Fr. Grabowski, the pastor of St. Gabriel’s, shared that about 800 people attended the special Mass, and they came for two reasons: the relics and the Eucharist! He reported that miracles had occurred — miracles in the confessional — especially people returning to the sacrament after 20 years away from it. “As St. Faustina was a channel of God’s mercy, St. Padre Pio is a channel of God’s grace in the confessional.”
Joseph T., 7, and his sister, Brianna, 5, summed it up. When asked why they came, they replied, “We want to be blessed.”
HOW TO UNDERSTAND RELICS
Relics are holy objects that are venerated by the Church. This is not to be confused with worship. We worship God alone, but we recognize certain objects in a way that inspires us. In sacred Scripture, we read that miracles often were performed using physical objects.
So extraordinary were the mighty deeds God accomplished at the hands of Paul that when face cloths or aprons that touched his skin were applied to the sick, their diseases left them and the evil spirits came out of them.
Catholicism is an “incarnational” religion, meaning that the physical and spiritual are connected.
Relics are classified in three ways:
First class: A part of a saint’s body such as a bone (or a bone fragment), hair, nails. Also, the instruments of Christ’s passion.
Second class: An object directly belonging to a saint or the object of torture used against a martyr.
Third class: Anything touched to a first-, second-, or third-class relic. The Code of Canon Law, paragraph 1190, speaks to the specific treatment of relics. It forbids the buying and selling of relics; however, in some cases donations to cover costs are allowed.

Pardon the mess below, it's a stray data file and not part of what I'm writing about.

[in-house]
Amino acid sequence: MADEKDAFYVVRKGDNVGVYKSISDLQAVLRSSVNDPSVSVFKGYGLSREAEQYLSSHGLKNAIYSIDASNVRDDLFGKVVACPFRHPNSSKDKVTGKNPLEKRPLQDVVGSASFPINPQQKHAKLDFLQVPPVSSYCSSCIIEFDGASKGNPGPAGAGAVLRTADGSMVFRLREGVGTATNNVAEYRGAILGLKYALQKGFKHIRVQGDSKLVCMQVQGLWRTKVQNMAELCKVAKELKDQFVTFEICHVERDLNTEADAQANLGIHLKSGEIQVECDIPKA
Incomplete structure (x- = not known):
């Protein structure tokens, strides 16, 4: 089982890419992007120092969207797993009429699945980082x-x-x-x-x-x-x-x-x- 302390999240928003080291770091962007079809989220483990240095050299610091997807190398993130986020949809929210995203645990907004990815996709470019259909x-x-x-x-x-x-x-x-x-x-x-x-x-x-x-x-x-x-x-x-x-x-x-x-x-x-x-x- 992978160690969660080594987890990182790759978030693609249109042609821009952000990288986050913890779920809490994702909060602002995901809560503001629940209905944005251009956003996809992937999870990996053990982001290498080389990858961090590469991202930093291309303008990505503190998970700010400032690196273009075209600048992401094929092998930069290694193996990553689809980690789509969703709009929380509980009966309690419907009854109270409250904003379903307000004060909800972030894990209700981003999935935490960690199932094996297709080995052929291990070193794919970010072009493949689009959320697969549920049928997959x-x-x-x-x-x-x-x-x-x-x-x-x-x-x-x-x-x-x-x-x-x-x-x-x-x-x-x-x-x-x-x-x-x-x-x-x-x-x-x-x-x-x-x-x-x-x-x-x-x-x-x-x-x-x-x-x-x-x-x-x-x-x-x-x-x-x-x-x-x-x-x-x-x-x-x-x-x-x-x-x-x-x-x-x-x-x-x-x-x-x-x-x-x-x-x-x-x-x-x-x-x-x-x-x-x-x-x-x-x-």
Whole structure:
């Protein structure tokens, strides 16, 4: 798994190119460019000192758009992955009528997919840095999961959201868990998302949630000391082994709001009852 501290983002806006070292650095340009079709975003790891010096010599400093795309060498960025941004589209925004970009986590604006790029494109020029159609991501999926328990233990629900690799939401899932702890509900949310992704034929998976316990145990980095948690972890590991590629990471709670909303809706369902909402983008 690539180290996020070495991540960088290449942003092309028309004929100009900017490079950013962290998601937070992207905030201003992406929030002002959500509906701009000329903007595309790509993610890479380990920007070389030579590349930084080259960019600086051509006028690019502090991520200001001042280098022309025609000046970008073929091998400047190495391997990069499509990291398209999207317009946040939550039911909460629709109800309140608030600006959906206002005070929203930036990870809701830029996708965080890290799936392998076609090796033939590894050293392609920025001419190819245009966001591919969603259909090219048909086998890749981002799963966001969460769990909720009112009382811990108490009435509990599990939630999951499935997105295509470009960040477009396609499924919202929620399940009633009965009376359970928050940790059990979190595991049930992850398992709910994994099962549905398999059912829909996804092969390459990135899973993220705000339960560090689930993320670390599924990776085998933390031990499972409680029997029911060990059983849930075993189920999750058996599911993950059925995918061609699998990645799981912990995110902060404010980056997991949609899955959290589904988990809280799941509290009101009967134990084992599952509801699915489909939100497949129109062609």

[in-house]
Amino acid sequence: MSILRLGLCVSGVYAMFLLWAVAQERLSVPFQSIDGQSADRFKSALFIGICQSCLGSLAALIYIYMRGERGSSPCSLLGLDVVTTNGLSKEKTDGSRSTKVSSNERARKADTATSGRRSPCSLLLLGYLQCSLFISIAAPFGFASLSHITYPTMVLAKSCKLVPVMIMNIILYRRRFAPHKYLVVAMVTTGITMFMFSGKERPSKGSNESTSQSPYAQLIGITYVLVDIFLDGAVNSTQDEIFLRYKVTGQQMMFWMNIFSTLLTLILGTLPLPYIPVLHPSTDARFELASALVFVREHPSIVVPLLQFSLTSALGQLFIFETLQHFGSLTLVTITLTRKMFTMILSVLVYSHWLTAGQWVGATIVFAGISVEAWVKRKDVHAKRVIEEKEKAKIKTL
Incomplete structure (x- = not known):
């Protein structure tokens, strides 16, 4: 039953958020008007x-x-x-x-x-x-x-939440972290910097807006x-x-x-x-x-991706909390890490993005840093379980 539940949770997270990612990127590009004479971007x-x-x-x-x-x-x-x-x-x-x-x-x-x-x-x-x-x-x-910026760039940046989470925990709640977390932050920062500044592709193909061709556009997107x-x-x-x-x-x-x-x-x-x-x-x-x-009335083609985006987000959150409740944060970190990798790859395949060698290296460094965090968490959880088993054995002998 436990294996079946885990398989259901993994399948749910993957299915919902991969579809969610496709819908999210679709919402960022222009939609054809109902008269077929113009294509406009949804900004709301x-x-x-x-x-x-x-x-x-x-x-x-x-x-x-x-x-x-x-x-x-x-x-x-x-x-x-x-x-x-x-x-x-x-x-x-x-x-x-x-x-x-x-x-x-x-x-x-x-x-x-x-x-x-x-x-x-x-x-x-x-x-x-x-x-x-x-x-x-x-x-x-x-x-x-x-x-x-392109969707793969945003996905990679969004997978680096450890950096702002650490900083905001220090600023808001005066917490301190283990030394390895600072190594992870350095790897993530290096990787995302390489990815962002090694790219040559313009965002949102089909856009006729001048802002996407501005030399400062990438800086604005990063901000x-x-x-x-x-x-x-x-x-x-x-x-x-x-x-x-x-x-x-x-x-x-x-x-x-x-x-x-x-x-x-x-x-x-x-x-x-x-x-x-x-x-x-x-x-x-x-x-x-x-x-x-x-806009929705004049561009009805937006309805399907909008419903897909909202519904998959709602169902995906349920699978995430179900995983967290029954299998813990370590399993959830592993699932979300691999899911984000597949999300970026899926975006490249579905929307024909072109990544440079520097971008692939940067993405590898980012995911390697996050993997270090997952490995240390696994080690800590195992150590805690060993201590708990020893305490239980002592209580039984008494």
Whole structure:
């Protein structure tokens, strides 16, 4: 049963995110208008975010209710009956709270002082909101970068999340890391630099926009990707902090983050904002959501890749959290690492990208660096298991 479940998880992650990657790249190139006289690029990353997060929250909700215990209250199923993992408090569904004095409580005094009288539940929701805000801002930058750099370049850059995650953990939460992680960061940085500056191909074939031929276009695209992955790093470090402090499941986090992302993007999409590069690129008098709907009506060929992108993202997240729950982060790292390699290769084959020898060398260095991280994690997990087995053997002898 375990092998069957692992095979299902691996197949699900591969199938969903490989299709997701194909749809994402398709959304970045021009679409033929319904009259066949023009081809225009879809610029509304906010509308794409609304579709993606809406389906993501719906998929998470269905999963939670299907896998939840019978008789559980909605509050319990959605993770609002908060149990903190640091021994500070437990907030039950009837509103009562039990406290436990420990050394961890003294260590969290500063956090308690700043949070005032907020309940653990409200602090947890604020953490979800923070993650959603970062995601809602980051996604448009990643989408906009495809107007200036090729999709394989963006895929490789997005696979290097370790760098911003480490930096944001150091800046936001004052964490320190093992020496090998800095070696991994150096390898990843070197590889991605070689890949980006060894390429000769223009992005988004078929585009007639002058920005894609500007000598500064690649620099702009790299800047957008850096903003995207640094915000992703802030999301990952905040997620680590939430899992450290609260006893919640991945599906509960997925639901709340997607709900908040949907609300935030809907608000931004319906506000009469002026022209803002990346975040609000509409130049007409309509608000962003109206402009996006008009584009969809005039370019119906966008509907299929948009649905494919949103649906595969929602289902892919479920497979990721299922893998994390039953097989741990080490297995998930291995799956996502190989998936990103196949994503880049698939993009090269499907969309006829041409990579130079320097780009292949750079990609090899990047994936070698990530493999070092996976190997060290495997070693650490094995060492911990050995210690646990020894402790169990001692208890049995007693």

ASHES AND RELICS
If the Church doesn’t allow the scattering of a dead person’s ashes, how does it allow a saint’s body parts to be separated?
The sensus fidelium through the centuries has clearly seen a distinction to be made between the respect to be shown the remains of the deceased for the repose of whose souls we still pray, and the honor that is given to God by the use of the remains of saints to effect miracles and find grace (see 2 Kings 13:21).
(Fr. Peter B. Mottola, JCL)
The saints, as members of the body of Christ, have a right to have their remains venerated. And this right, flowing from their dignity as members of the body of Christ, supersedes their right to have their remains remain in burial.
(Fr. Carlos Martins, CC, “Is it weird that Catholics venerate relics? Here’s why we do,” Mary Rezac, Catholic News Agency, Nov. 1, 2017)
FIVE WAYS TO LEARN FROM ST. PIO
You don’t have to be “worthy,” just willing.
God will never allow anything that is not for our greater good.
God will always give us more than we deserve.
Serve the Lord with laughter.
Pray, hope, and don’t worry.
Source: Bishop Richard J. Malone, Diocese of Buffalo (New York), homily at St. Gabriel’s Parish, April 21, 2018
THE TOUR CONTINUES
Visit SaintPioFoundation.org/American-Tour-2018 for tour dates and locations.